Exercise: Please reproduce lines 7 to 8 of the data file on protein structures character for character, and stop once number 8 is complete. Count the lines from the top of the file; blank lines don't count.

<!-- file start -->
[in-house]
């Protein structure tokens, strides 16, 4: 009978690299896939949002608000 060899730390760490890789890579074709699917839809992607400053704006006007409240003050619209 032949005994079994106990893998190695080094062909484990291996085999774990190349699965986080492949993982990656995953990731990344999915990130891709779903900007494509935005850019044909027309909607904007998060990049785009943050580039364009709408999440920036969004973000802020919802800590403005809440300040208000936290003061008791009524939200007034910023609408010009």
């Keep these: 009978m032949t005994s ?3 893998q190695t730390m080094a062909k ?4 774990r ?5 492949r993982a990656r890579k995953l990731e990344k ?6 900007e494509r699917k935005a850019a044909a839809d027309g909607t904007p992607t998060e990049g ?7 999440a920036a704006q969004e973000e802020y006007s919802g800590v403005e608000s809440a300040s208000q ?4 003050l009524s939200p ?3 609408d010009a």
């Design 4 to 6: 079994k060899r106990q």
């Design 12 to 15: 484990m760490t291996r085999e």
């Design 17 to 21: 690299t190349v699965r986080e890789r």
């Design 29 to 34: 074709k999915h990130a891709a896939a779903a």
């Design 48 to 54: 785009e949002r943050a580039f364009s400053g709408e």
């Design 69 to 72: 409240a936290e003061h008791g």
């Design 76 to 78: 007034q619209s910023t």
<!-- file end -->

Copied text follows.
């Design 29 to 34: 074709k999915h990130a891709a896939a779903a």
């Design 48 to 54: 785009e949002r943050a580039f364009s400053g709408e």